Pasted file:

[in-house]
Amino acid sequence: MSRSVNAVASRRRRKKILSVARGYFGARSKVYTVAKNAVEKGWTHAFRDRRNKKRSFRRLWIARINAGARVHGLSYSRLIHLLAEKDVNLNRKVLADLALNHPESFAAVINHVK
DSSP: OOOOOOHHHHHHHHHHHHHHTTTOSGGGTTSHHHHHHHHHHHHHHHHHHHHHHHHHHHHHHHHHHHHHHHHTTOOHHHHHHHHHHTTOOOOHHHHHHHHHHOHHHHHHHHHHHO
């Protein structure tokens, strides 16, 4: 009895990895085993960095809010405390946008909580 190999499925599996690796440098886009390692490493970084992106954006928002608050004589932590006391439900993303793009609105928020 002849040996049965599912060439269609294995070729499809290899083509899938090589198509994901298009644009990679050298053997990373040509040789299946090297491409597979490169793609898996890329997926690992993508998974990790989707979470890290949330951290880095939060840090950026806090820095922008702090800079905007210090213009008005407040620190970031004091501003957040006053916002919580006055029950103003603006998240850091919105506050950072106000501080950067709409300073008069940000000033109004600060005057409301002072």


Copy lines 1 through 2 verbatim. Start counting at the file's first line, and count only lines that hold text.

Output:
[in-house]
Amino acid sequence: MSRSVNAVASRRRRKKILSVARGYFGARSKVYTVAKNAVEKGWTHAFRDRRNKKRSFRRLWIARINAGARVHGLSYSRLIHLLAEKDVNLNRKVLADLALNHPESFAAVINHVK